Alessandra Petrina and Laura Tosi (eds.), Representations of Elizabeth I in Early Modern Culture.
The editors of this collection, rather than following a traditional direct approach to the much-discussed topic announced in the books title, opted for a multiperspectival method with a temporal twist. "The book envisions the reign of Elizabeth I as a manifestation of Augustine's "eternal present" that both contains the past and promises the future. Indeed, the essays in Part I, explicitly concerned with Elizabeth's self-representation in her writing, resemble in their approach the established discourse of Elizabeth studies. In contrast, the studies in Part II, focused on masques and ceremonies, and at least half of the essays in Part III, dedicated to the fashioning of Elizabeth by her contemporaries, evoke the queen mainly by indirection, through the strategies of parallelism, contextualization, backward and forward tracing of history, and imagining how Elizabeth illuminates certain texts as an audience, a memory, and a fantasy. In many of these oblique explorations, Elizabeth looms so faintly that the reader is bound to lose sight of her altogether. Some contributors, such as Effie Botonaki, make Elizabeth's absence itself subject of analysis and source of thought-provoking inferences; others, such as Yvonne Oram and Kavita Mudan, acknowledge the futility and risks of imagining a one-to-one correspondence between dramatic female characters and the queen and proceed to scrutinize these characters in ways that illuminate Elizabeth in careful and yet convincing ways. Still other contributors, such as Janette Dillon and Sara Trevisan, decentralize Elizabeth as a part of a larger discourse, treating her as a point on a continuum or even, as in Kristine Johanson's study of the rhetoric of nostalgia, a part of the period's collective consciousness. While these shifts of focus may be seen both as a weakness and strength of the collection, they are elegantly justified in Alessandra Petrina's introduction that not only establishes the philosophical framework of the book, built on the lines of Augustine's understanding of the human perception of time, but also recaptures the more obliquely related chapters toward the volume's general purpose of "mirroring the times, backwards and forwards" (9).
The strengths of the book are many, most notably its fresh methodology discussed above, its international scope, its interdisciplinarity, and its presentation of the lesser known textual and visual material. This truly international collection includes contributions by fourteen scholars from France, Greece, Italy, Scotland, the UK, and the USA. The multicultural angle of the discussions is especially evident in the chapters by Guillaume Coatalen and Giovanni Iamartino, which focus on and amply quote relatively obscure French and Italian texts by or about Elizabeth. Coatalen's study also offers a generous appendix of unpublished letters by Elizabeth to Henri IV of France. Discussions of the iconography and manuscripts throughout the book are almost always accompanied by plentiful illustrations, some of them little known. The studies collected here touch upon the visual culture, manuscript studies, drama, ceremonial aspects of kingship and queenship, patronage, diplomacy, prophecy, nostalgia, and the collective imaginary--an interdisciplinary exploration that makes this book especially rich in scope.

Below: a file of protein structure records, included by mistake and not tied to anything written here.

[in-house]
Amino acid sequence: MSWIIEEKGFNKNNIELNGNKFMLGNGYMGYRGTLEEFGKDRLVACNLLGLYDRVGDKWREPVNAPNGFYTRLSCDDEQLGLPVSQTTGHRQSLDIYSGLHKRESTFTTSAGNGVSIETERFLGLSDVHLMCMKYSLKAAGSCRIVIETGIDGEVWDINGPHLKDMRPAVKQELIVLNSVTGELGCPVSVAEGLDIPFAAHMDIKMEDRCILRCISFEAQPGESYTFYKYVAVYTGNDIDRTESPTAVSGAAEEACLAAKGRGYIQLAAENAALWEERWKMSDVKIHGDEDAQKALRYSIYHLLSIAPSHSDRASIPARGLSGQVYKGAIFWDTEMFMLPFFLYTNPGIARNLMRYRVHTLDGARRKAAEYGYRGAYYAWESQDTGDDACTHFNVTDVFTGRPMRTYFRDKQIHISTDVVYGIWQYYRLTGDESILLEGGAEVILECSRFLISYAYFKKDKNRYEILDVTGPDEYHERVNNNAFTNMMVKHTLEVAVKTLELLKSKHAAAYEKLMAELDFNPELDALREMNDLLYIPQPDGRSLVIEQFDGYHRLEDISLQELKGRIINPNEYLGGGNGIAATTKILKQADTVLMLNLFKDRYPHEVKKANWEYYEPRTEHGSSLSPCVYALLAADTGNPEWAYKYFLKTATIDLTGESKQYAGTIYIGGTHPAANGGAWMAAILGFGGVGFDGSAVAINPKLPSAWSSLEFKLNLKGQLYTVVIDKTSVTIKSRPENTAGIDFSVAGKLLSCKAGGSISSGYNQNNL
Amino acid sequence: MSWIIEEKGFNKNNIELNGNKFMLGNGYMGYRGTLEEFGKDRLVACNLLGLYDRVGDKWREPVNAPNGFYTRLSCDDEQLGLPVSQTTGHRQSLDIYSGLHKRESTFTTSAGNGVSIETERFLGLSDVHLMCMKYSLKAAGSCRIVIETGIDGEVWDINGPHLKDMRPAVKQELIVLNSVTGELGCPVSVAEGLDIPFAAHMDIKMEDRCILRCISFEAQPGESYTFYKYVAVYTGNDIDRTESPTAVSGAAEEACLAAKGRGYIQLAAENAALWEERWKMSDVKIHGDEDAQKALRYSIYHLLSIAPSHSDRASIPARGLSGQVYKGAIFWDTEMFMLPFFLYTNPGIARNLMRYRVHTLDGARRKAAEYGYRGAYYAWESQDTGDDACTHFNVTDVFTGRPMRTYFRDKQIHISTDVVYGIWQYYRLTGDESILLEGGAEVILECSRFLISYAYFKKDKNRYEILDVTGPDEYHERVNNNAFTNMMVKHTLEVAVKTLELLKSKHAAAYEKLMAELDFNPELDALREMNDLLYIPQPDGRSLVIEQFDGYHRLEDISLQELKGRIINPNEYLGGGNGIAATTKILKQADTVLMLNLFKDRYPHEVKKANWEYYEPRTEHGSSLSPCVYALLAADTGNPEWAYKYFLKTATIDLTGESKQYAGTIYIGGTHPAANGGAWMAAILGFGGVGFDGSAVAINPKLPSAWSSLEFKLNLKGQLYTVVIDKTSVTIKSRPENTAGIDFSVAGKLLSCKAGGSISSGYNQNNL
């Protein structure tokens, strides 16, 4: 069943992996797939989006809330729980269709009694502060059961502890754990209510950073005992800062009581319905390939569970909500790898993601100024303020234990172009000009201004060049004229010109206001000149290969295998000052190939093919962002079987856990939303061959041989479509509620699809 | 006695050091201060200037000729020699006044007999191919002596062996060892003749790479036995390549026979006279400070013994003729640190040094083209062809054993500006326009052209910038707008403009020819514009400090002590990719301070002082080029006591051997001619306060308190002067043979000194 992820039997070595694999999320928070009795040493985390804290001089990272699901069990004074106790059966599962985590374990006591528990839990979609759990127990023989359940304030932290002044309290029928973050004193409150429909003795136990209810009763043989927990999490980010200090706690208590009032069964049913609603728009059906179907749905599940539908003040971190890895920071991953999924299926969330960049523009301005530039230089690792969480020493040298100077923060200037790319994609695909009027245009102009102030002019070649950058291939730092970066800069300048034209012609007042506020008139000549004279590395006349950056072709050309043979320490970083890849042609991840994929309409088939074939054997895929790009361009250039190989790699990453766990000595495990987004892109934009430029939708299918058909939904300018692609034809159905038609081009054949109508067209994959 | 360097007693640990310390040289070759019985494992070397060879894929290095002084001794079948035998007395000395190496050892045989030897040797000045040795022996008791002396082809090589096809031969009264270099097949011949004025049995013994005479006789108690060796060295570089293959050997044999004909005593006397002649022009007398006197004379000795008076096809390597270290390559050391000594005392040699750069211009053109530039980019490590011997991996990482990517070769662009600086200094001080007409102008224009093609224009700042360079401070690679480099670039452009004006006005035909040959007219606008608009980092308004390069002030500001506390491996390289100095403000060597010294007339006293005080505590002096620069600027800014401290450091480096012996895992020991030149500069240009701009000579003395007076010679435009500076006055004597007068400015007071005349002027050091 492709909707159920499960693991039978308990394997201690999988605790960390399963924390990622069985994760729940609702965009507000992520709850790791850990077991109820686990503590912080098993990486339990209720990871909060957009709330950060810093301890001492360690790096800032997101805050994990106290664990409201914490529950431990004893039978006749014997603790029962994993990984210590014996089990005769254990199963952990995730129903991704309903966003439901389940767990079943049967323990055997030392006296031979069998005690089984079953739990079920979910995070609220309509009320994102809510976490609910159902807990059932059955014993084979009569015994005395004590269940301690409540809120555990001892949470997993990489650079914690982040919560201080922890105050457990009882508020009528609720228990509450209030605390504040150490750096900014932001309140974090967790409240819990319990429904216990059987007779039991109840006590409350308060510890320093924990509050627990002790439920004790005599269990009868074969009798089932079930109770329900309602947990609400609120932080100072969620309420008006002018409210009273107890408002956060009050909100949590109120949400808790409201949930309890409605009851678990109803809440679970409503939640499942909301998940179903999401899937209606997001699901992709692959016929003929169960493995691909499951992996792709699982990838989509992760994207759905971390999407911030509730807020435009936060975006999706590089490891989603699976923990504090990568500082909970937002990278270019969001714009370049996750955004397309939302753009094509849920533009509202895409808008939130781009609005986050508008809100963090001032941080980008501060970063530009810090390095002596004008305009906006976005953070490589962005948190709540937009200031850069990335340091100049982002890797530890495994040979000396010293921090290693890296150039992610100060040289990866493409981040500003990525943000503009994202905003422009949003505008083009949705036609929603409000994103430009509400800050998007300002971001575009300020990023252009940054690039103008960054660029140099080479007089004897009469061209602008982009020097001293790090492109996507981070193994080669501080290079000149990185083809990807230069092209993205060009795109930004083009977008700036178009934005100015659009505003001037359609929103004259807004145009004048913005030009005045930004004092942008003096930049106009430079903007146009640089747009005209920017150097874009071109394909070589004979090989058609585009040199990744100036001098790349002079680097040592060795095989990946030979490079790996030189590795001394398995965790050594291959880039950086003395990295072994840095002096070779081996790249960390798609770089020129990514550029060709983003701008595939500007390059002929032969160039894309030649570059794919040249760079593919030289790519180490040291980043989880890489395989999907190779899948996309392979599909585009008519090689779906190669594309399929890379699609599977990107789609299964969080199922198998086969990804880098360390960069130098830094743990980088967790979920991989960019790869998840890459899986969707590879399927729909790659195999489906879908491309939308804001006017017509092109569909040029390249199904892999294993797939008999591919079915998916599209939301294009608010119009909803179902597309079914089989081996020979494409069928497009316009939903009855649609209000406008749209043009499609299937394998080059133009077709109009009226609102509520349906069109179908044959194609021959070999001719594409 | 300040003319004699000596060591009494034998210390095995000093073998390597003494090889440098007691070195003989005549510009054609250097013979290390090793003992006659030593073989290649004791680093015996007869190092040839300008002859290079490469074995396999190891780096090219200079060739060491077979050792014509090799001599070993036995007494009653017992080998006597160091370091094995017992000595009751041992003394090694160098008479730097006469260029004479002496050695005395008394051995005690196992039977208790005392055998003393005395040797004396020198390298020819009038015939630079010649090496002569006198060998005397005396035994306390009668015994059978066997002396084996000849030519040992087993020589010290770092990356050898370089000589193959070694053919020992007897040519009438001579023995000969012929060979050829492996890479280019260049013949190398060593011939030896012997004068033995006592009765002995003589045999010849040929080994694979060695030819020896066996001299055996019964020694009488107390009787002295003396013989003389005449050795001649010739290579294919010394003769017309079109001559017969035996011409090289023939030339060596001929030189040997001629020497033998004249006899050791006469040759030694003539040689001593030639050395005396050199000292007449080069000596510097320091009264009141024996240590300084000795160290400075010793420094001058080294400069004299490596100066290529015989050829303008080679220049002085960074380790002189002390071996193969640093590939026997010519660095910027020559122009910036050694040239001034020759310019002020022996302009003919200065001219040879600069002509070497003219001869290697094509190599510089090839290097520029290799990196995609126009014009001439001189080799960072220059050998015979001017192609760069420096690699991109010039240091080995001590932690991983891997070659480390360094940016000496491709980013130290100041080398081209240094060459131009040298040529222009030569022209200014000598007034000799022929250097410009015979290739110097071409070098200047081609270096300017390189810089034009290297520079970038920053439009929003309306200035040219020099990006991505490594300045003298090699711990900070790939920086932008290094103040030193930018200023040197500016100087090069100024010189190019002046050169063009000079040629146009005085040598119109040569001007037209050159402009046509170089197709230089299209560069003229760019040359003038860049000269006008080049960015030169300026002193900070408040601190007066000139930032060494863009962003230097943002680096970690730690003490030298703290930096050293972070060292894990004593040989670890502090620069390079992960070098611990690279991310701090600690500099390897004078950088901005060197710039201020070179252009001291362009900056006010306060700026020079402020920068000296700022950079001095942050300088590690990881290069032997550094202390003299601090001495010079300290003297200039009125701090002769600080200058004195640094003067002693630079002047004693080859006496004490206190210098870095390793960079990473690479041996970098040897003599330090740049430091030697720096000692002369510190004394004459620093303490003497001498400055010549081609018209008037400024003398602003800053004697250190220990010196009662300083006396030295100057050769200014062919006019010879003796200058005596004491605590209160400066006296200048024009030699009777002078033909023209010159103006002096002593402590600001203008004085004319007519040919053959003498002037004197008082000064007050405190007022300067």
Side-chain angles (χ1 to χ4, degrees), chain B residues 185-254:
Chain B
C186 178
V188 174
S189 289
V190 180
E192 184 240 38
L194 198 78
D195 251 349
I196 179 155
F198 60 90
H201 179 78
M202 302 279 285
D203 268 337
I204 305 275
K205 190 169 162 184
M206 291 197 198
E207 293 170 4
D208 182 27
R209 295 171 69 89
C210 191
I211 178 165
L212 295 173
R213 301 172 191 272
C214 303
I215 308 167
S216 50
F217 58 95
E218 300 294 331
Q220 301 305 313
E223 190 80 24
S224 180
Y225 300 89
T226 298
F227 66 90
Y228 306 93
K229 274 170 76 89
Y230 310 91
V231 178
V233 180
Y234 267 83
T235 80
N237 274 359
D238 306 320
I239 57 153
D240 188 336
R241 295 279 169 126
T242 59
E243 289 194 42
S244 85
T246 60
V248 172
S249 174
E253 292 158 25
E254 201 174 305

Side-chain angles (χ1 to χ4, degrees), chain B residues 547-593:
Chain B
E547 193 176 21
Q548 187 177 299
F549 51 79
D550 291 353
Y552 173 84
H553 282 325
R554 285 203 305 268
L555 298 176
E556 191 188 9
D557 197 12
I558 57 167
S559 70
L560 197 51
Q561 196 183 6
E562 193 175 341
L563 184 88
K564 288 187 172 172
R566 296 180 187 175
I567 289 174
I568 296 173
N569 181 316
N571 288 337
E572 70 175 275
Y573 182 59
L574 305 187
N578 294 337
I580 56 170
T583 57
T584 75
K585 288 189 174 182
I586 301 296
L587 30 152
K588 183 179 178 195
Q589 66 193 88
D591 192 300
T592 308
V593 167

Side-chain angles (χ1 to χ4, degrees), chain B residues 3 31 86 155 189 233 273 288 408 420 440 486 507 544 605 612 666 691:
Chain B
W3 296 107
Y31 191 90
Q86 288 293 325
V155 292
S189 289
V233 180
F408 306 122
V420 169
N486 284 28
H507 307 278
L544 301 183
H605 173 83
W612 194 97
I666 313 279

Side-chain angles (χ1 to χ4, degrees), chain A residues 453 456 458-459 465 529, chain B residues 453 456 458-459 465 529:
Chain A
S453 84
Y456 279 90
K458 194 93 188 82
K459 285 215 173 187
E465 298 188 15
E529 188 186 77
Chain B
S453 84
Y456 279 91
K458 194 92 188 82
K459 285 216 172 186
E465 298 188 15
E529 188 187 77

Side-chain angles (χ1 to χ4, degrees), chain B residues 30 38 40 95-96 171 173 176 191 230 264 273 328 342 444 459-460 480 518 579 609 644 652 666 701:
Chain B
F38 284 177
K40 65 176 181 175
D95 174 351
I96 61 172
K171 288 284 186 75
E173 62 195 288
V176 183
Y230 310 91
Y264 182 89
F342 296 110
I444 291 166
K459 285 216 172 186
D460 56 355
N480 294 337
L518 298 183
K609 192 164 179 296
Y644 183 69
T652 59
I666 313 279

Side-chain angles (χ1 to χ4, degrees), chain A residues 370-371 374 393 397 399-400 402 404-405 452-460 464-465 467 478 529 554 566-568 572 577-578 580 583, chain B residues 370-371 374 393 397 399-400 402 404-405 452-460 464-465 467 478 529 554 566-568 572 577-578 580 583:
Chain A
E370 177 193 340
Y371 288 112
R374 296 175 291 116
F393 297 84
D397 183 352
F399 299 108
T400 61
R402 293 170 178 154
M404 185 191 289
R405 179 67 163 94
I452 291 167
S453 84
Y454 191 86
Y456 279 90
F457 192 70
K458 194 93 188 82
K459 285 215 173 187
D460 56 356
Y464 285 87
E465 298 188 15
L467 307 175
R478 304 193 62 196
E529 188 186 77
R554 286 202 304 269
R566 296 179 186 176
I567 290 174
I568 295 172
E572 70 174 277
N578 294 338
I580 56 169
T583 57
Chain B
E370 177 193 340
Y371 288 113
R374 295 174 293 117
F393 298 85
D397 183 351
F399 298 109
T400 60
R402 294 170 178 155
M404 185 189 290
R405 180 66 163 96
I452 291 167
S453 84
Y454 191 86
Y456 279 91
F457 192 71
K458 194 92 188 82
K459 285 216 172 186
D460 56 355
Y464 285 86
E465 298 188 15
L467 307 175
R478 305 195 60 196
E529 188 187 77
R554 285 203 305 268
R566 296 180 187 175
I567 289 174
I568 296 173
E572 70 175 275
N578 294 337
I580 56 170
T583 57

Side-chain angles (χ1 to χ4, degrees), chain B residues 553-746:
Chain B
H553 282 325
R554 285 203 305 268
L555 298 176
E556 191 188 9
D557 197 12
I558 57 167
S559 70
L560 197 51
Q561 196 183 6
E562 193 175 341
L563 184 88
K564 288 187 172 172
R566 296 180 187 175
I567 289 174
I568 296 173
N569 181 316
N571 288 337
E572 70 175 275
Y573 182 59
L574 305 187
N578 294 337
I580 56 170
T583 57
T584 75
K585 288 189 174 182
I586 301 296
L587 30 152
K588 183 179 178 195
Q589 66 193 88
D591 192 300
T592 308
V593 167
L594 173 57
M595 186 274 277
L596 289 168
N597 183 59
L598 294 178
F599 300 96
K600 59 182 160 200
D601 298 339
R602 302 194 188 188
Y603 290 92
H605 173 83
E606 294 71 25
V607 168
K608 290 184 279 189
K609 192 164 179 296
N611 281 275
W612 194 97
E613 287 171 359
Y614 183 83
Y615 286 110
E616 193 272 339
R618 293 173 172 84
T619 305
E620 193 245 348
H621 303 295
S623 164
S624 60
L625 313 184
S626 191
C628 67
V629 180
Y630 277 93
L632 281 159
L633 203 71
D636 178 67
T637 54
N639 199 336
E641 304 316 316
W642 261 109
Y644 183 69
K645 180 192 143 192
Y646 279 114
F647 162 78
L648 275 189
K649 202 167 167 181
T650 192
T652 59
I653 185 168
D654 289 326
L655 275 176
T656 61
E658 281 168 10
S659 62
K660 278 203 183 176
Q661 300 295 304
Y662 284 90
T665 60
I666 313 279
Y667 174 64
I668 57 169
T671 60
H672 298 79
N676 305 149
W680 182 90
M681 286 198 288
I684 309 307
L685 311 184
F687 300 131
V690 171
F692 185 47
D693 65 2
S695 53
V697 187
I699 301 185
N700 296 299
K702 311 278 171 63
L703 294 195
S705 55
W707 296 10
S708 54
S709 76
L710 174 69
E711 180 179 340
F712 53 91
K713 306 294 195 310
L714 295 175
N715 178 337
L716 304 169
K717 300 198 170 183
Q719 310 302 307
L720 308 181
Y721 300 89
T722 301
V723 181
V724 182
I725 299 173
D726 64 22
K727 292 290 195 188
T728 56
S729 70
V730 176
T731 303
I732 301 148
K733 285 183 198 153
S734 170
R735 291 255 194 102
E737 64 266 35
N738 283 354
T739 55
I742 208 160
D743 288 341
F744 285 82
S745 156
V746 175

On the other hand, some omissions are evident as well. A casual remark is made about the lack of studies of Elizabeth's poetry and speeches, on the evidence of publications from 1975 and 1994 (85), while there have been plenty of studies on the subject in the last two decades, culminating with Ilona Bell's Elizabeth L" The Voice of a Monarch (2010). Likewise, an entire chapter on the personal correspondence between Elizabeth and James VI of Scotland leaves Janel Mueller's groundbreaking work on this matter unacknowledged. Yet this collection constitutes an important contribution to the conversation about the relationship between power, gender, and representation. Its overarching conceptual framework, although not easily grasped without the help of Petrina's introduction, suggests the strategies of enlarging the discourse about Elizabeth I and other historical figures whose representations reach beyond their lifetimes, constructing the past and the future as an Augustinian eternal present. Even viewed outside of this conceptual framework, the brief, focused, and informative chapters in this book achieve a diversity of fascinating subjects and viewpoints, giving the reader glimpses of previously unconsidered vistas.
Reviewied by Anna Riehl Bertolet, Auburn University
|Printer friendly Cite/link Email Feedback|
|Author:||Bertolet, Anna Riehl|
|Publication:||The Upstart Crow|
|Article Type:||Book review|
|Date:||Jan 1, 2012|
|Previous Article:||Introducing: Upstart: A Journal of English Renaissance Studies.|
|Next Article:||Kathryn Schwarz, What You Will. Gender, Contract, and Shakespearean Social Space.|